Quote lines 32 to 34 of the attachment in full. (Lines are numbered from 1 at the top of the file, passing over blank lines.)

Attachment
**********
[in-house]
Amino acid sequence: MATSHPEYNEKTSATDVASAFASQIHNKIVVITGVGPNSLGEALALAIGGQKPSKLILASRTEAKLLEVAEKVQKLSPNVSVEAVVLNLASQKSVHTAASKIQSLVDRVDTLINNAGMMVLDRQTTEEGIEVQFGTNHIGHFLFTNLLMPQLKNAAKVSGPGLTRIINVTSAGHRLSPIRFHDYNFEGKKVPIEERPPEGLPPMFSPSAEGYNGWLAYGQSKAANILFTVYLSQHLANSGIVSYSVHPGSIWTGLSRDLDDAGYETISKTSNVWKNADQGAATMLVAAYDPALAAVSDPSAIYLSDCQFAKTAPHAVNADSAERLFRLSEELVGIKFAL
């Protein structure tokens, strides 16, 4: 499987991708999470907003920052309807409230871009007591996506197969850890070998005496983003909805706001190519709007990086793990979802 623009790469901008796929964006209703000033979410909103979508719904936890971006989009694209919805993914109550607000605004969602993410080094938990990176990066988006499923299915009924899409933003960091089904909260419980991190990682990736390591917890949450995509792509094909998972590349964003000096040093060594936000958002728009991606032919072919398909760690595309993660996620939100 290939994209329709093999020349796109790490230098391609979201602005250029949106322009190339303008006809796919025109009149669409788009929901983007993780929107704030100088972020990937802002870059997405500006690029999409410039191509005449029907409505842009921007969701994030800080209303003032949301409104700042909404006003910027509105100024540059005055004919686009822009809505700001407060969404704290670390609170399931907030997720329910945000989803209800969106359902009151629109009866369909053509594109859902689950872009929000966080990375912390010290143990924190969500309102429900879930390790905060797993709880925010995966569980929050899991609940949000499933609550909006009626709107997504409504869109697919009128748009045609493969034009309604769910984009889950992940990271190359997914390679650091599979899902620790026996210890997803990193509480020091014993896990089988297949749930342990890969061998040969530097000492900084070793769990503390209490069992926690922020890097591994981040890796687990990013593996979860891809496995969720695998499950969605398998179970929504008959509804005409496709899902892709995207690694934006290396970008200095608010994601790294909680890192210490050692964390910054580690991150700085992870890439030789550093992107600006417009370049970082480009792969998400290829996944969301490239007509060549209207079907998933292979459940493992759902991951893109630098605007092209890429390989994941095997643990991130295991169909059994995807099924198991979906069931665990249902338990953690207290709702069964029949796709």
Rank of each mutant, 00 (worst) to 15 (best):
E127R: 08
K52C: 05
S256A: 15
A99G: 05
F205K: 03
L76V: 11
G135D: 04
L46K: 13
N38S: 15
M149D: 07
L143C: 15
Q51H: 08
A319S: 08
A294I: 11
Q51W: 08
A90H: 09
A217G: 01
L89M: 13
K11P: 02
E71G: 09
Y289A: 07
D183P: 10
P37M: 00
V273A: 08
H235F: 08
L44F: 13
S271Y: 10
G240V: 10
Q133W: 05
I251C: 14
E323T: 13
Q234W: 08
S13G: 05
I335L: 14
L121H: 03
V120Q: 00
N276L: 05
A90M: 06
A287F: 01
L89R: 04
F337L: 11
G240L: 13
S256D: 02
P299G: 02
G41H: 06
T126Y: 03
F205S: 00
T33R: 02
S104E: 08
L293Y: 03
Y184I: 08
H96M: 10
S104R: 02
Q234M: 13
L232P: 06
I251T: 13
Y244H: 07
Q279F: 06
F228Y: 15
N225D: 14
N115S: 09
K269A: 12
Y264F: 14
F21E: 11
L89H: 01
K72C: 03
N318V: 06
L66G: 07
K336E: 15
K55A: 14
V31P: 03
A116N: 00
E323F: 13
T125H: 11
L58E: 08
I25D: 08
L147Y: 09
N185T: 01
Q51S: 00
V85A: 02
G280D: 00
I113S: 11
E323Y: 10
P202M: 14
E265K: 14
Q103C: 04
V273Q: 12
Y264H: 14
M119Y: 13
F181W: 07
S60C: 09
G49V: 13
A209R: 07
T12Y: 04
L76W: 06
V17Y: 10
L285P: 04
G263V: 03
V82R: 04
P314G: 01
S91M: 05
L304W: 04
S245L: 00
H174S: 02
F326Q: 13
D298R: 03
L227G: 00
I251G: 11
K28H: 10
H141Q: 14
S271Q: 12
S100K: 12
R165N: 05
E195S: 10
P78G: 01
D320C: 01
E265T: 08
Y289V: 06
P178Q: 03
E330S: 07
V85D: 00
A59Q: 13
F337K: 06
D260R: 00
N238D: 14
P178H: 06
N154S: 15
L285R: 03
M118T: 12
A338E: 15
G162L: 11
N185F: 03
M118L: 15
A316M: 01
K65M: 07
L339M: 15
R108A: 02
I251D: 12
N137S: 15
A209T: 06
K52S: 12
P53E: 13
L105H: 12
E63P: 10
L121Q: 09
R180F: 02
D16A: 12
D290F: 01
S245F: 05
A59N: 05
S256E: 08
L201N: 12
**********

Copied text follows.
G240V: 10
Q133W: 05
I251C: 14